3. Document > Clip Canvas (to get rid of transparent canvas areas)
4. Run Filters > Distort > Equations using settings shown in Pic2 below
5. Document > Clip Canvas (to get rid of transparent canvas areas)
6. Layer > Rasterise  (Clears up some weird behaviour on some image sizes)
7. Select > Alpha Range > Select Partially Transparent - used to select any stray transparent omega pixels on the edge of the image on some image sizes
8. Edit > Fill > Inpainting (apply) - used to inpaint out the stray omega pixels found in step 7
9.  Select > Deselect - just tidying up and deselecting the no longer needed selection

In the 2 screenshots below the numbers 800 and 600 represent the 800px and 600px for the Landscape (width) dimension or the portrait (height) dimension these are the ones you need to change for different resizing options.

 

 

eq1.jpg

eq2.jpg


Due to the fact that Boris Johnson is now our Prime Minister, punctuation, spelling and grammar will never be worried about ever again.  We now have far bigger problems to be concerned about.

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1 hour ago, John Rostron said:

I would  be glad to here from anyone who can tell me how to get the target length in to use as a parameter. The parameter facility within Distort > Equations is just not suitable.

I have modified your formulas so that the attached macro will present you with a slider to adjust the "a" value which is used to modify the "target length" in the formulas below.

The slider only has a value from 0 to 1 where (in the formulas below) 1 = 1000px

Therefore slide the slider to 0.8 and the pixel value will be 800px, slide to 0.4 and the pixel value will be 400px, etc, etc.

The good news is that the screen updates when you put in new values on the slider but the bad news is the transform panel does not so you can't watch that to set your required image size

Not great, but it shows how the parameters can be used

(x/1000/a)*(h*floor(clampmax(h/w,1.5))+w*floor(clampmax(w/h,1.5)))
(y/1000/a)*(h*floor(clampmax(h/w,1.5))+w*floor(clampmax(w/h,1.5)))

Macro is attached

Resize-to-1000-with-slider.afmacro


Due to the fact that Boris Johnson is now our Prime Minister, punctuation, spelling and grammar will never be worried about ever again.  We now have far bigger problems to be concerned about.

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@carl123, thank you very much for posting this!

 

One of the annoying things about trying to use equation distortions is illustrated nicely in your screenshots: any formula that can potentially result in a divide by zero error is flagged in red as invalid. Obviously, in real world use h & w would never be zero but since there is no distinction made between invalid syntax & potential divide by zero errors, it makes this otherwise helpful aid less useful than it could be. Also, unless I have misunderstood how they work, formulas using some expressions that could potentially result in a divide by zero error are not flagged, like for example x/(min(a,x)).


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Yes you learn to ignore the red warnings as they are pointless and unhelpful a lot of the times


Due to the fact that Boris Johnson is now our Prime Minister, punctuation, spelling and grammar will never be worried about ever again.  We now have far bigger problems to be concerned about.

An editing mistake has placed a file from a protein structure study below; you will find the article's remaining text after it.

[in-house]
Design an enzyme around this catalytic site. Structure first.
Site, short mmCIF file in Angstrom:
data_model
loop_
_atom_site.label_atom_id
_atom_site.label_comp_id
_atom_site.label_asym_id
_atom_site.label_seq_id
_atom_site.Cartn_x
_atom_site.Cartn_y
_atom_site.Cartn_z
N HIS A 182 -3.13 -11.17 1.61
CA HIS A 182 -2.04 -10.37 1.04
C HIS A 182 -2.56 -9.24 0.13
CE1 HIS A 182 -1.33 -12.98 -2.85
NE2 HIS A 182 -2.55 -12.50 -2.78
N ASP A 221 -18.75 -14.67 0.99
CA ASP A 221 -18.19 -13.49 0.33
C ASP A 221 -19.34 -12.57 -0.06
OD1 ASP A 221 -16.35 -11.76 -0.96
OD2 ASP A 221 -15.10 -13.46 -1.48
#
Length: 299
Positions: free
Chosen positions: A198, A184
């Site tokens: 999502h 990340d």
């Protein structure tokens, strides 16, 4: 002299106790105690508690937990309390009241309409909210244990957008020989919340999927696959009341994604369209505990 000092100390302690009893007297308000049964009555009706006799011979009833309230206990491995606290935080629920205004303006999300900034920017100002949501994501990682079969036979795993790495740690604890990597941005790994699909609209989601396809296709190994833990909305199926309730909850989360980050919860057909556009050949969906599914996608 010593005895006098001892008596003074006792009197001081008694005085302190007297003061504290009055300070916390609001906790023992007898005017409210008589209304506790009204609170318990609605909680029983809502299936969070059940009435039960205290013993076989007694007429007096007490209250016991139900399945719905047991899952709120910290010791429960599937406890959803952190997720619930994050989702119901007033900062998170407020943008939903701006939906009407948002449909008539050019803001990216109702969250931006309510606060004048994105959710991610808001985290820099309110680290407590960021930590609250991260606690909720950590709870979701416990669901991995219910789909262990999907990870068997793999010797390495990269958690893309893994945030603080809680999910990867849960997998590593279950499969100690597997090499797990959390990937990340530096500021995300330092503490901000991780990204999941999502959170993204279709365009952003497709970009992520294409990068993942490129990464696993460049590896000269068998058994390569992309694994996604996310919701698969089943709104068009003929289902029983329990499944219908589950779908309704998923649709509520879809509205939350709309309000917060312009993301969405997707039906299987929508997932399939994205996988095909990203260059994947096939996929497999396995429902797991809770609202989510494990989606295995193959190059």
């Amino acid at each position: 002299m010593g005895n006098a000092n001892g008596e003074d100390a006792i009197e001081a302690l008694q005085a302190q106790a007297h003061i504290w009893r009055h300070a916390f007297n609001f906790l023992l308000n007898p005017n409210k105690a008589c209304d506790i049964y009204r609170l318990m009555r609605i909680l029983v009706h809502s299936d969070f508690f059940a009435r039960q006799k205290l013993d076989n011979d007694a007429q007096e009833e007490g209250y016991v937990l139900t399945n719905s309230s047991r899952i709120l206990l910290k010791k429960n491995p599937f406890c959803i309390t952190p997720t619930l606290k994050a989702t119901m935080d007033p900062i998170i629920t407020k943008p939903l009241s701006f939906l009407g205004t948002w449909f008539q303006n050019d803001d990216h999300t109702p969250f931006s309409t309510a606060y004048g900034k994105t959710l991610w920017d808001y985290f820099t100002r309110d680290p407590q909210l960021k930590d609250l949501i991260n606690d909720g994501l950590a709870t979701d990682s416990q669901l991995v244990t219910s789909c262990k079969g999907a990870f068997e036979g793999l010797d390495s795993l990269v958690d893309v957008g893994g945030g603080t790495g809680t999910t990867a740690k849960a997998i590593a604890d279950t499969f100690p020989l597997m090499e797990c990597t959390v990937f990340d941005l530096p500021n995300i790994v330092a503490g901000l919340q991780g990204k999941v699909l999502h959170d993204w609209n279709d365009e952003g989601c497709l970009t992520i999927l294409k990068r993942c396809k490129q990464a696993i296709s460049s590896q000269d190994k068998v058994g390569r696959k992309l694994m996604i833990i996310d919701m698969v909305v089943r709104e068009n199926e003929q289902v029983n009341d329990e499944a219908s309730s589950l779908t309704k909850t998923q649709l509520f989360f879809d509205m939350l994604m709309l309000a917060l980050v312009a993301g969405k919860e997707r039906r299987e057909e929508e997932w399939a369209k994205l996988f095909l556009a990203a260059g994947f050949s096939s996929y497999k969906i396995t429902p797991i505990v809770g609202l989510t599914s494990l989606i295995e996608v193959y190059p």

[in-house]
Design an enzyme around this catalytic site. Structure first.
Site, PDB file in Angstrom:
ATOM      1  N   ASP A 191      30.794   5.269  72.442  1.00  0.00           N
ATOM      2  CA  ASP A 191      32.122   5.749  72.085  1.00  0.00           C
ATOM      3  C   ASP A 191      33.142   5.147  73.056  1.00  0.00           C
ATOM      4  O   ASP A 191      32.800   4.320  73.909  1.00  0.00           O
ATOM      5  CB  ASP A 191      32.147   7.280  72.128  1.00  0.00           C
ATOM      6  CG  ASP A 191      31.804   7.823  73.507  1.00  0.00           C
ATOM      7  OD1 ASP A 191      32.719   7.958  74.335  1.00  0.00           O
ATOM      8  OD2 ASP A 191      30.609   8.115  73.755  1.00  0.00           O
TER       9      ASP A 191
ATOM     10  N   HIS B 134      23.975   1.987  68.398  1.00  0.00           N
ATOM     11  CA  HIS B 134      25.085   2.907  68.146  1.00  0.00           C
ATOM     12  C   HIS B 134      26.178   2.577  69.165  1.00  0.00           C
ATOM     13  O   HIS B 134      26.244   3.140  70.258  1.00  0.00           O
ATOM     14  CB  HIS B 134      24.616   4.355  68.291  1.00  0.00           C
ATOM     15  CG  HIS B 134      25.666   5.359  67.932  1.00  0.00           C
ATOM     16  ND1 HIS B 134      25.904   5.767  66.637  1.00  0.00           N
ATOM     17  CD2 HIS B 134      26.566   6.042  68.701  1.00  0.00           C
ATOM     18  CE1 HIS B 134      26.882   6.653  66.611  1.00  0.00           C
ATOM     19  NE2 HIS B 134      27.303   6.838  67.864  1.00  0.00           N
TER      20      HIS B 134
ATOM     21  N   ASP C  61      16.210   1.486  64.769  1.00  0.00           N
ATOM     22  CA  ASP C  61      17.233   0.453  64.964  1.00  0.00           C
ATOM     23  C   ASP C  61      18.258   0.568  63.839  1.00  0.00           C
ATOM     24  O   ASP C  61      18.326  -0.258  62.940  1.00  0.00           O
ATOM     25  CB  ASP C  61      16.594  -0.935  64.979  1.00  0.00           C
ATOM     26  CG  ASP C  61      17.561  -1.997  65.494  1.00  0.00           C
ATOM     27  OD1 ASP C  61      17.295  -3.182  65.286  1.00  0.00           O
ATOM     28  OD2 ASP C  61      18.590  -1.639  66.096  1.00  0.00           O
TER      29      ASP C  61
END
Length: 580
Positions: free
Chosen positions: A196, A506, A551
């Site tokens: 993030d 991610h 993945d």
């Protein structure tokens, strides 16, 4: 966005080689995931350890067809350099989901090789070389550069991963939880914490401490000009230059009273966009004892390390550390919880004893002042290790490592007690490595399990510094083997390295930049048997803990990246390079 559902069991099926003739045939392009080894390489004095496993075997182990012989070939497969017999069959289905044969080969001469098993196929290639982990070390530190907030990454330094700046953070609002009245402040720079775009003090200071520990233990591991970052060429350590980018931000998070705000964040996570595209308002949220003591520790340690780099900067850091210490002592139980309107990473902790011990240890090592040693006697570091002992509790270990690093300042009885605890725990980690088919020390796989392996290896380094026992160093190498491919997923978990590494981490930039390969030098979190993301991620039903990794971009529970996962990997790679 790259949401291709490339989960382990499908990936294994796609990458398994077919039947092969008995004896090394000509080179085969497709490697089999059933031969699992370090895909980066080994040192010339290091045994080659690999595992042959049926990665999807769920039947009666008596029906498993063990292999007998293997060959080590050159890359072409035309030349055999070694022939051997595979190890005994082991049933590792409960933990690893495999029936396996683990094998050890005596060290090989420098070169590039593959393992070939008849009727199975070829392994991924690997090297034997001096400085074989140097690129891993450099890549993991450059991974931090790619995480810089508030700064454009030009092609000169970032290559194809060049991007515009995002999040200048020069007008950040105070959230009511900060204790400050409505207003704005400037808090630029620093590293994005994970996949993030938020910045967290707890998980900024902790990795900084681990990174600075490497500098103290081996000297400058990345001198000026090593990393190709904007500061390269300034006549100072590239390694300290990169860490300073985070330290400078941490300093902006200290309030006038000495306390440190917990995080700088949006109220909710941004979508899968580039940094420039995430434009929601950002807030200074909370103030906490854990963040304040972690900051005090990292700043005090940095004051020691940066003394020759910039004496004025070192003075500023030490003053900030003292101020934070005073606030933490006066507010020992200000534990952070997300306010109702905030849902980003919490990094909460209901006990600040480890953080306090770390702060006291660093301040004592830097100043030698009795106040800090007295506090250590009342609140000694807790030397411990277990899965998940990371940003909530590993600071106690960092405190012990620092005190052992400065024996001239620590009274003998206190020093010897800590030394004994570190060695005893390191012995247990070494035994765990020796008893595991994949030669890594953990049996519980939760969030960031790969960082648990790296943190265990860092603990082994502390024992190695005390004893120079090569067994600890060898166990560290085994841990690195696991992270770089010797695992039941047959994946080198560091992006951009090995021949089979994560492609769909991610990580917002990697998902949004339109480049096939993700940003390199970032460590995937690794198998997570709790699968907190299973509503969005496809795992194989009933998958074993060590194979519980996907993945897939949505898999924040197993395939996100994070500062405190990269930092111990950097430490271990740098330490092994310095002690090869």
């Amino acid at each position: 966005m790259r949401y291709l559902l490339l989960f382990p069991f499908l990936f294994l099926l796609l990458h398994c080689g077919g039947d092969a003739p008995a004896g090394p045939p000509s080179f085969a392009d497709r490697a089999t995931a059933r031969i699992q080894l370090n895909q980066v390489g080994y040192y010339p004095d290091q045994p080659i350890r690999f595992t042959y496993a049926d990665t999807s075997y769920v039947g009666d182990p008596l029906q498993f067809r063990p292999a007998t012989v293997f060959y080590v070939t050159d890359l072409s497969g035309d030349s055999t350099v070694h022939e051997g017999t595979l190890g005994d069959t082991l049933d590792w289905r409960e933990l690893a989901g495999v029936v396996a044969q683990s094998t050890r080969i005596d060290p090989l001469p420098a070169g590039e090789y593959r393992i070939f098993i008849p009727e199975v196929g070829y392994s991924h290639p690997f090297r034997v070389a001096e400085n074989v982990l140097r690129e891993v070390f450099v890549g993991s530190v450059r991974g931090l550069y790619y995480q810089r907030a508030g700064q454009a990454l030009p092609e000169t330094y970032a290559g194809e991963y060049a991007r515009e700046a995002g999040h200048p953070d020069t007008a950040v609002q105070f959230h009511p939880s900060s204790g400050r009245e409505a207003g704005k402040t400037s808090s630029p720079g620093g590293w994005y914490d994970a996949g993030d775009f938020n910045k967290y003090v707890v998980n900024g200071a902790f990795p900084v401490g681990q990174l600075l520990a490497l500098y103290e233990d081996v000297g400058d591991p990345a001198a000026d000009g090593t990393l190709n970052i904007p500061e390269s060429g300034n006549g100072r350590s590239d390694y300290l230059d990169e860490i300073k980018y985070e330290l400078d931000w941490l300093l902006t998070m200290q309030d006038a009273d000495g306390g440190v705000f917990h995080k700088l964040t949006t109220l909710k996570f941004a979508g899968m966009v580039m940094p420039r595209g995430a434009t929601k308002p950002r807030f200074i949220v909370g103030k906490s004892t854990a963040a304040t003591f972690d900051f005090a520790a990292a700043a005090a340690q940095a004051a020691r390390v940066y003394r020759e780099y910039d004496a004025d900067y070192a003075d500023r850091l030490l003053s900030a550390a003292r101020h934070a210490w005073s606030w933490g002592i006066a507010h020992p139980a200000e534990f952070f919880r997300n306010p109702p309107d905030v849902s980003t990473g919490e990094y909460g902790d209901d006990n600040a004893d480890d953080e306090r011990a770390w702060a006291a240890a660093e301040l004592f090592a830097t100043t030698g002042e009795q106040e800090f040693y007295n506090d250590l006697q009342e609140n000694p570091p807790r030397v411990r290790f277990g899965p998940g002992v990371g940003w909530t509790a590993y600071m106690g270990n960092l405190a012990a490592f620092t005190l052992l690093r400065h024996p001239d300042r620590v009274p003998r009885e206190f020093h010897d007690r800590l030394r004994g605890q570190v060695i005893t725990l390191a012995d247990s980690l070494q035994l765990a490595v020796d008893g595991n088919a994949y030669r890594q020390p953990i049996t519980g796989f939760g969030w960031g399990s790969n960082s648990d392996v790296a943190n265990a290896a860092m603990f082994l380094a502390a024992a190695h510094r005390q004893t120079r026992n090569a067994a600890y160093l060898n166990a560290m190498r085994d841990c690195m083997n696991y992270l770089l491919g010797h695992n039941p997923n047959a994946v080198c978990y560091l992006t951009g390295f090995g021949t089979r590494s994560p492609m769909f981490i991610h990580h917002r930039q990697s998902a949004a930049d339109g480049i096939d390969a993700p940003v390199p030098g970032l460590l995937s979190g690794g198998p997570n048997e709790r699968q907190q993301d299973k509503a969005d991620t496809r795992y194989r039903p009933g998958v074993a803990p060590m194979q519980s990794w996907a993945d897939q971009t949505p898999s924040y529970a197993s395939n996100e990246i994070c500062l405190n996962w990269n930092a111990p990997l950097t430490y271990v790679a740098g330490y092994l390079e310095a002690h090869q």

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@carl123, I have to say that the formulae used in your Distort filters are quite ingenious. I shall have to explore these further. I have ommitted many of the checks that you have included, which is why mine is two steps and yours is nine! Your extra steps are clearly necessary for a production version.

The problem with using the a parameter as you suggest is that it only works properly for a one-off application. I cannot see how you would incorporate it into a batch procss. For my purposes, I would probably write a set of macros for standard target sizes.


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I have realized a situaton where my algorithm would break down. If the image is square, then both w and h are equal, and w/h=h/w=1, which means that both floor expressions evaluate to 1. 

Some more work is needed!


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2 minutes ago, John Rostron said:

Your extra steps are clearly necessary for a production version.

The #6 step to clear up potential weird behavior is an example of yet another thing that makes using distortion equations harder than it should be. I can't help but think that considerably more documentation and/or official videos would help with this. It is somewhat like for macros documentation -- some things seem almost completely undocumented in the help topics & may or may not be mentioned in a video.


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I believe that I have resolved the situation where width equals height. In my original formula, the two floor functions ensured that it chose the larger of width or height, but if they were equal it failed. The solution is instead of adding them, take the maximum. Thus:

(x/800)*(h*floor(clampmax(h/w,1.5))+w*floor(clampmax(w/h,1.5)))

becomes:

(x/800)*max(h*floor(clampmax(h/w,1.5)),w*floor(clampmax(w/h,1.5)))

I have incorporated this into the macro, plus the failsafe checks suggested by @carl123. If this passes more testing, I will produce similar macros with varying maximum target sizes, and (if I can work out how) compile them into a macro library. The real test will be: can I use this macro to batch resize a set of images?

 

Resize to 800.afmacro


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CPU: AMD A6-3670. RAM: 16 GB DDR3 @ 666MHz, Graphics: 2047MB NVIDIA GeForce GT 630